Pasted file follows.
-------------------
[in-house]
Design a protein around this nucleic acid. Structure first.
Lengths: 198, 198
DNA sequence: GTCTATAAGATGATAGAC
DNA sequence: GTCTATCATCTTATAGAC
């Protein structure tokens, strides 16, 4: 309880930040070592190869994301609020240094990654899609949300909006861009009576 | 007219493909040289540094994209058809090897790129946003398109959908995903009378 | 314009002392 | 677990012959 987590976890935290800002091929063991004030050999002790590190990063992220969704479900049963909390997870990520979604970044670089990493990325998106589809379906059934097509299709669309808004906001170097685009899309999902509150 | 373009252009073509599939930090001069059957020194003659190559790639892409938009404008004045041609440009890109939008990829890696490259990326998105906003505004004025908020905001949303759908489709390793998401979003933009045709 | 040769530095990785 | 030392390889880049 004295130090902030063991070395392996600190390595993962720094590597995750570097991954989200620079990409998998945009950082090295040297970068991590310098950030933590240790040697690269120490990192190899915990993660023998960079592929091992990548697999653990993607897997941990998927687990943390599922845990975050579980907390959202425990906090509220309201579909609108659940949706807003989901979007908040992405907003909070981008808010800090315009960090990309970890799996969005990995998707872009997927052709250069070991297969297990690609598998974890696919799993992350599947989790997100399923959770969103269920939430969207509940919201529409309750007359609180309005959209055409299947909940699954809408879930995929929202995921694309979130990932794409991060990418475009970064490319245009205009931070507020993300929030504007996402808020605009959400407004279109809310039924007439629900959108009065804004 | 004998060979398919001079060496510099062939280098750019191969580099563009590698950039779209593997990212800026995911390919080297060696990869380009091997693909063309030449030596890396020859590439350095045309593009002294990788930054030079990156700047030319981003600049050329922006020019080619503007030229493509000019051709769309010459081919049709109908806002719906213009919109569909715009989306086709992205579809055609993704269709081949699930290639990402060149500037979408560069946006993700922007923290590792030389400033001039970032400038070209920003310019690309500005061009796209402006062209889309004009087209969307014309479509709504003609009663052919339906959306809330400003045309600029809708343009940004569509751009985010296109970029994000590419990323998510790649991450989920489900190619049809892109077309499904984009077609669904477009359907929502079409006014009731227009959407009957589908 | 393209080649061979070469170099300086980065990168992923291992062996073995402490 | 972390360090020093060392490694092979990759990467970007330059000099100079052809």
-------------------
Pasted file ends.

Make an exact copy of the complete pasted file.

[in-house]
Design a protein around this nucleic acid. Structure first.
Lengths: 198, 198
DNA sequence: GTCTATAAGATGATAGAC
DNA sequence: GTCTATCATCTTATAGAC
């Protein structure tokens, strides 16, 4: 309880930040070592190869994301609020240094990654899609949300909006861009009576 | 007219493909040289540094994209058809090897790129946003398109959908995903009378 | 314009002392 | 677990012959 987590976890935290800002091929063991004030050999002790590190990063992220969704479900049963909390997870990520979604970044670089990493990325998106589809379906059934097509299709669309808004906001170097685009899309999902509150 | 373009252009073509599939930090001069059957020194003659190559790639892409938009404008004045041609440009890109939008990829890696490259990326998105906003505004004025908020905001949303759908489709390793998401979003933009045709 | 040769530095990785 | 030392390889880049 004295130090902030063991070395392996600190390595993962720094590597995750570097991954989200620079990409998998945009950082090295040297970068991590310098950030933590240790040697690269120490990192190899915990993660023998960079592929091992990548697999653990993607897997941990998927687990943390599922845990975050579980907390959202425990906090509220309201579909609108659940949706807003989901979007908040992405907003909070981008808010800090315009960090990309970890799996969005990995998707872009997927052709250069070991297969297990690609598998974890696919799993992350599947989790997100399923959770969103269920939430969207509940919201529409309750007359609180309005959209055409299947909940699954809408879930995929929202995921694309979130990932794409991060990418475009970064490319245009205009931070507020993300929030504007996402808020605009959400407004279109809310039924007439629900959108009065804004 | 004998060979398919001079060496510099062939280098750019191969580099563009590698950039779209593997990212800026995911390919080297060696990869380009091997693909063309030449030596890396020859590439350095045309593009002294990788930054030079990156700047030319981003600049050329922006020019080619503007030229493509000019051709769309010459081919049709109908806002719906213009919109569909715009989306086709992205579809055609993704269709081949699930290639990402060149500037979408560069946006993700922007923290590792030389400033001039970032400038070209920003310019690309500005061009796209402006062209889309004009087209969307014309479509709504003609009663052919339906959306809330400003045309600029809708343009940004569509751009985010296109970029994000590419990323998510790649991450989920489900190619049809892109077309499904984009077609669904477009359907929502079409006014009731227009959407009957589908 | 393209080649061979070469170099300086980065990168992923291992062996073995402490 | 972390360090020093060392490694092979990759990467970007330059000099100079052809």